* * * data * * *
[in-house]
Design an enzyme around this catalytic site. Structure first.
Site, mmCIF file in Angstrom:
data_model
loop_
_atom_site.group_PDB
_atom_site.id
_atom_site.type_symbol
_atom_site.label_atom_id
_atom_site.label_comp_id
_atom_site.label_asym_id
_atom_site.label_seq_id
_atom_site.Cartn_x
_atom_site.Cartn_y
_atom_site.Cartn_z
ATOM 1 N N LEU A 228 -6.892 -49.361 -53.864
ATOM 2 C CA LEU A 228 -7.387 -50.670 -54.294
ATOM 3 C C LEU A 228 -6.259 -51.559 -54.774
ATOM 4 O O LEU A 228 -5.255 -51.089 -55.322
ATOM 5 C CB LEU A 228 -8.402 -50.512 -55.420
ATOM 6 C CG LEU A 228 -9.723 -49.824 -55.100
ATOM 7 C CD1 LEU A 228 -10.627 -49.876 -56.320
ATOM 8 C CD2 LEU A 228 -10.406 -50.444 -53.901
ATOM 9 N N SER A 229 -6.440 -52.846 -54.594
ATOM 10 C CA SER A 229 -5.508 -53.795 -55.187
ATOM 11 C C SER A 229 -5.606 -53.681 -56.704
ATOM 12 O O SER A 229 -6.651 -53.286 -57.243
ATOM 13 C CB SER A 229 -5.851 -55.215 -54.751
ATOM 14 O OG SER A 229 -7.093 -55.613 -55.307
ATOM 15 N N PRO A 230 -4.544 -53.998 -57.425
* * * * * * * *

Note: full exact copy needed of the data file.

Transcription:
[in-house]
Design an enzyme around this catalytic site. Structure first.
Site, mmCIF file in Angstrom:
data_model
loop_
_atom_site.group_PDB
_atom_site.id
_atom_site.type_symbol
_atom_site.label_atom_id
_atom_site.label_comp_id
_atom_site.label_asym_id
_atom_site.label_seq_id
_atom_site.Cartn_x
_atom_site.Cartn_y
_atom_site.Cartn_z
ATOM 1 N N LEU A 228 -6.892 -49.361 -53.864
ATOM 2 C CA LEU A 228 -7.387 -50.670 -54.294
ATOM 3 C C LEU A 228 -6.259 -51.559 -54.774
ATOM 4 O O LEU A 228 -5.255 -51.089 -55.322
ATOM 5 C CB LEU A 228 -8.402 -50.512 -55.420
ATOM 6 C CG LEU A 228 -9.723 -49.824 -55.100
ATOM 7 C CD1 LEU A 228 -10.627 -49.876 -56.320
ATOM 8 C CD2 LEU A 228 -10.406 -50.444 -53.901
ATOM 9 N N SER A 229 -6.440 -52.846 -54.594
ATOM 10 C CA SER A 229 -5.508 -53.795 -55.187
ATOM 11 C C SER A 229 -5.606 -53.681 -56.704
ATOM 12 O O SER A 229 -6.651 -53.286 -57.243
ATOM 13 C CB SER A 229 -5.851 -55.215 -54.751
ATOM 14 O OG SER A 229 -7.093 -55.613 -55.307
ATOM 15 N N PRO A 230 -4.544 -53.998 -57.425